White adipose tissue, once regarded as morphologically and functionally bland, is now recognized to be dynamic, plastic and heterogenous, and is involved in a wide array of biological processes including energy homeostasis, glucose and lipid handling, blood pressure control and host defence1. High-fat feeding and other metabolic stressors cause marked changes in adipose morphology, physiology and cellular composition1, and alterations in adiposity are associated with insulin resistance, dyslipidemia and type 2 diabetes2. Here we provide detailed cellular atlases of human and mouse subcutaneous and visceral white fat at single-cell resolution across a range of body weight. We identify subpopulations of adipocytes, adipose stem and progenitor cells, vascular and immune cells and demonstrate commonalities and differences across species and dietary conditions. We link specific cell types to increased risk of metabolic disease and provide an initial blueprint for a comprehensive set of interactions between individual cell types in the adipose niche in leanness and obesity. These data comprise an extensive resource for the exploration of genes, traits and cell types in the function of white adipose tissue across species, depots and nutritional conditions.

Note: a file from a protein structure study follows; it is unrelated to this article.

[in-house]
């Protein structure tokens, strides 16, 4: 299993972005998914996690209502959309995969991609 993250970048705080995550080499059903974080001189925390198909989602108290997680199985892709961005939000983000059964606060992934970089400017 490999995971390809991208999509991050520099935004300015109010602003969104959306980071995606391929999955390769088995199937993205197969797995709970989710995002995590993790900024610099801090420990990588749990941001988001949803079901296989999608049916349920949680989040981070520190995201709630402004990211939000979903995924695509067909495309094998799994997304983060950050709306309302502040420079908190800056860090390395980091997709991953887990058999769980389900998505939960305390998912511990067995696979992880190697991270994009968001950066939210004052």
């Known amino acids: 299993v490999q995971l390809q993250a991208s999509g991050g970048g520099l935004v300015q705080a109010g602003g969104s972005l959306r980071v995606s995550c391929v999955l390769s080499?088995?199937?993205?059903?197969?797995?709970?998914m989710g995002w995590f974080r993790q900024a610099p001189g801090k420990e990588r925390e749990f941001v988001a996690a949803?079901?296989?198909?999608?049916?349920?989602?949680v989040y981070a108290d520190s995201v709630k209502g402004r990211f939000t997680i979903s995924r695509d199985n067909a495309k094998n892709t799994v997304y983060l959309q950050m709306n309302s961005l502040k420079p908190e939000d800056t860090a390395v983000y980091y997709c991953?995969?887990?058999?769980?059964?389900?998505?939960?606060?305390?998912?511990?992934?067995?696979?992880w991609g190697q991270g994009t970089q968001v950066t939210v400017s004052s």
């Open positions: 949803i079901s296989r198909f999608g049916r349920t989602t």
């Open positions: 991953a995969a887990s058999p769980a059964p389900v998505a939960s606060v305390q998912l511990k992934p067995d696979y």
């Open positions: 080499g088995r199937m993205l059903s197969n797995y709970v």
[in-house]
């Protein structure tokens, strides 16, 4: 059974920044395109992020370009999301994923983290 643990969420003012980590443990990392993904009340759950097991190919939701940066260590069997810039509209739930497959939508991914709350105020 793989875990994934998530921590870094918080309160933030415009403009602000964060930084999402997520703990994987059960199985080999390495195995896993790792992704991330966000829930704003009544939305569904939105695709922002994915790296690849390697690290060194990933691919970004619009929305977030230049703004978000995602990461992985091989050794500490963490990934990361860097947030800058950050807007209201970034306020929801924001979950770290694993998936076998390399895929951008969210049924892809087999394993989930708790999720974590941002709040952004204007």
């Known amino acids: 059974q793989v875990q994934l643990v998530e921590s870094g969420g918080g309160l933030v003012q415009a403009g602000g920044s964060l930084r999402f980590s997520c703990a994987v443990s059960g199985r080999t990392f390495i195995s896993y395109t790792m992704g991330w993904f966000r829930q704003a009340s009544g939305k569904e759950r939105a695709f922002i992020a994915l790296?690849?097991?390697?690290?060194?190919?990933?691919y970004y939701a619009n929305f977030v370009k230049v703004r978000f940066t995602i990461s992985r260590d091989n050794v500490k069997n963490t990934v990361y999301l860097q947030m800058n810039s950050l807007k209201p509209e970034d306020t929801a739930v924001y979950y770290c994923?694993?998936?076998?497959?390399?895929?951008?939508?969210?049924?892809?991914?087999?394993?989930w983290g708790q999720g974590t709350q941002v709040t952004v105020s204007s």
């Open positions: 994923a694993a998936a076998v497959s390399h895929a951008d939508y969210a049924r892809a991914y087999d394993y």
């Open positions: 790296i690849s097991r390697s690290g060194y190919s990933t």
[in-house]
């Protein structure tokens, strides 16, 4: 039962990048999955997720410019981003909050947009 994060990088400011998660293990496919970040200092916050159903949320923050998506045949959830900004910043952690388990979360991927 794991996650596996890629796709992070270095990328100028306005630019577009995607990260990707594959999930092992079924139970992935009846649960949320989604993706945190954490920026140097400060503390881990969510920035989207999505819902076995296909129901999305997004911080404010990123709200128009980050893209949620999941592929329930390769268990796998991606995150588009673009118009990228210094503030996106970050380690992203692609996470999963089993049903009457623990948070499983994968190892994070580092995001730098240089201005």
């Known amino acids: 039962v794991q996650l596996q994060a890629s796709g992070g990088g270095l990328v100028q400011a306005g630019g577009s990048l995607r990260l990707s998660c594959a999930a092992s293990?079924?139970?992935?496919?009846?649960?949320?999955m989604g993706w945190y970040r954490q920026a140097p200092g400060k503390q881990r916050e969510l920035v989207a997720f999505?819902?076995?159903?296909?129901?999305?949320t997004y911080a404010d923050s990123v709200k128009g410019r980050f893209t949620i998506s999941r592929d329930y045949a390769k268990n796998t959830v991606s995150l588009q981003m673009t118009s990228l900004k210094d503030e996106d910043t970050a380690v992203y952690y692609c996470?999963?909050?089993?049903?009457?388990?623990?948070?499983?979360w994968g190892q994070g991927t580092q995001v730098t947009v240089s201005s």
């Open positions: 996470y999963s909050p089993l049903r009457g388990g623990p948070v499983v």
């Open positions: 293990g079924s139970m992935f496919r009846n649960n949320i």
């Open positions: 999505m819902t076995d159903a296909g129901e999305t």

© 2022. The Author(s), under exclusive licence to Springer Nature Limited.